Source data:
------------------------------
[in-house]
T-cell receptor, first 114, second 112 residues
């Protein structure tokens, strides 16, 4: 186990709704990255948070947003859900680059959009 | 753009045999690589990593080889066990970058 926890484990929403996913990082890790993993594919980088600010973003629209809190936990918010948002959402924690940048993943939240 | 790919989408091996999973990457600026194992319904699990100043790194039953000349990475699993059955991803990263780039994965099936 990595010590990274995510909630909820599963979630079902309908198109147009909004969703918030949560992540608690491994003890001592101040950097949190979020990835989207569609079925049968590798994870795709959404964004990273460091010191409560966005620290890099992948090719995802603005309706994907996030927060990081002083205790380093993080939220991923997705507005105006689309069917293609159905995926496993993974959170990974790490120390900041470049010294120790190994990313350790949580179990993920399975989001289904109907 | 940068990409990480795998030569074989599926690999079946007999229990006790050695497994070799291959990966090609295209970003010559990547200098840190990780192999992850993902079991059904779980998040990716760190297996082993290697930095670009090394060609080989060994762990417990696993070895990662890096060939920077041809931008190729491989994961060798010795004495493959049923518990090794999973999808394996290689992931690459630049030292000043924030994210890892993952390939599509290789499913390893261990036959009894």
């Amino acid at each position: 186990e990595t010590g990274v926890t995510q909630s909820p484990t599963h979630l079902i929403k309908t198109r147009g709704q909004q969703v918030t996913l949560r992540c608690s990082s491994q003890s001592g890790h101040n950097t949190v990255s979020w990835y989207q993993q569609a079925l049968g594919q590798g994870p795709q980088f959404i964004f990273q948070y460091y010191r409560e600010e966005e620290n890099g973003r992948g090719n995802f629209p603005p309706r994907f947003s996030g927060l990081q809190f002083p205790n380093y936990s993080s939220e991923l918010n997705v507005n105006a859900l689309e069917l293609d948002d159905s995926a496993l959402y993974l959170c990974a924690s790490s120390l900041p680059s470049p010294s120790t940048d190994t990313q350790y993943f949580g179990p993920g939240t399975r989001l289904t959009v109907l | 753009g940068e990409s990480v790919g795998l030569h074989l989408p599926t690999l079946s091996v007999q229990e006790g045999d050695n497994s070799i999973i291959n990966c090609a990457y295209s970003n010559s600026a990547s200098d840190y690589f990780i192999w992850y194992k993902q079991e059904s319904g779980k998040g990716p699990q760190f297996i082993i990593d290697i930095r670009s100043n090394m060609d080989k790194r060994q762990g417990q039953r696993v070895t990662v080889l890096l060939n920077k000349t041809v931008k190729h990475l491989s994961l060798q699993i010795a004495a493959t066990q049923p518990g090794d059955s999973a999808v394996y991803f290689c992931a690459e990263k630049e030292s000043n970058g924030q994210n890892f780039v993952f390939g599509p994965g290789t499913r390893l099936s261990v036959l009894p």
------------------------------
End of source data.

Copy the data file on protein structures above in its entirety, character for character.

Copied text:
[in-house]
T-cell receptor, first 114, second 112 residues
């Protein structure tokens, strides 16, 4: 186990709704990255948070947003859900680059959009 | 753009045999690589990593080889066990970058 926890484990929403996913990082890790993993594919980088600010973003629209809190936990918010948002959402924690940048993943939240 | 790919989408091996999973990457600026194992319904699990100043790194039953000349990475699993059955991803990263780039994965099936 990595010590990274995510909630909820599963979630079902309908198109147009909004969703918030949560992540608690491994003890001592101040950097949190979020990835989207569609079925049968590798994870795709959404964004990273460091010191409560966005620290890099992948090719995802603005309706994907996030927060990081002083205790380093993080939220991923997705507005105006689309069917293609159905995926496993993974959170990974790490120390900041470049010294120790190994990313350790949580179990993920399975989001289904109907 | 940068990409990480795998030569074989599926690999079946007999229990006790050695497994070799291959990966090609295209970003010559990547200098840190990780192999992850993902079991059904779980998040990716760190297996082993290697930095670009090394060609080989060994762990417990696993070895990662890096060939920077041809931008190729491989994961060798010795004495493959049923518990090794999973999808394996290689992931690459630049030292000043924030994210890892993952390939599509290789499913390893261990036959009894």
């Amino acid at each position: 186990e990595t010590g990274v926890t995510q909630s909820p484990t599963h979630l079902i929403k309908t198109r147009g709704q909004q969703v918030t996913l949560r992540c608690s990082s491994q003890s001592g890790h101040n950097t949190v990255s979020w990835y989207q993993q569609a079925l049968g594919q590798g994870p795709q980088f959404i964004f990273q948070y460091y010191r409560e600010e966005e620290n890099g973003r992948g090719n995802f629209p603005p309706r994907f947003s996030g927060l990081q809190f002083p205790n380093y936990s993080s939220e991923l918010n997705v507005n105006a859900l689309e069917l293609d948002d159905s995926a496993l959402y993974l959170c990974a924690s790490s120390l900041p680059s470049p010294s120790t940048d190994t990313q350790y993943f949580g179990p993920g939240t399975r989001l289904t959009v109907l | 753009g940068e990409s990480v790919g795998l030569h074989l989408p599926t690999l079946s091996v007999q229990e006790g045999d050695n497994s070799i999973i291959n990966c090609a990457y295209s970003n010559s600026a990547s200098d840190y690589f990780i192999w992850y194992k993902q079991e059904s319904g779980k998040g990716p699990q760190f297996i082993i990593d290697i930095r670009s100043n090394m060609d080989k790194r060994q762990g417990q039953r696993v070895t990662v080889l890096l060939n920077k000349t041809v931008k190729h990475l491989s994961l060798q699993i010795a004495a493959t066990q049923p518990g090794d059955s999973a999808v394996y991803f290689c992931a690459e990263k630049e030292s000043n970058g924030q994210n890892f780039v993952f390939g599509p994965g290789t499913r390893l099936s261990v036959l009894p």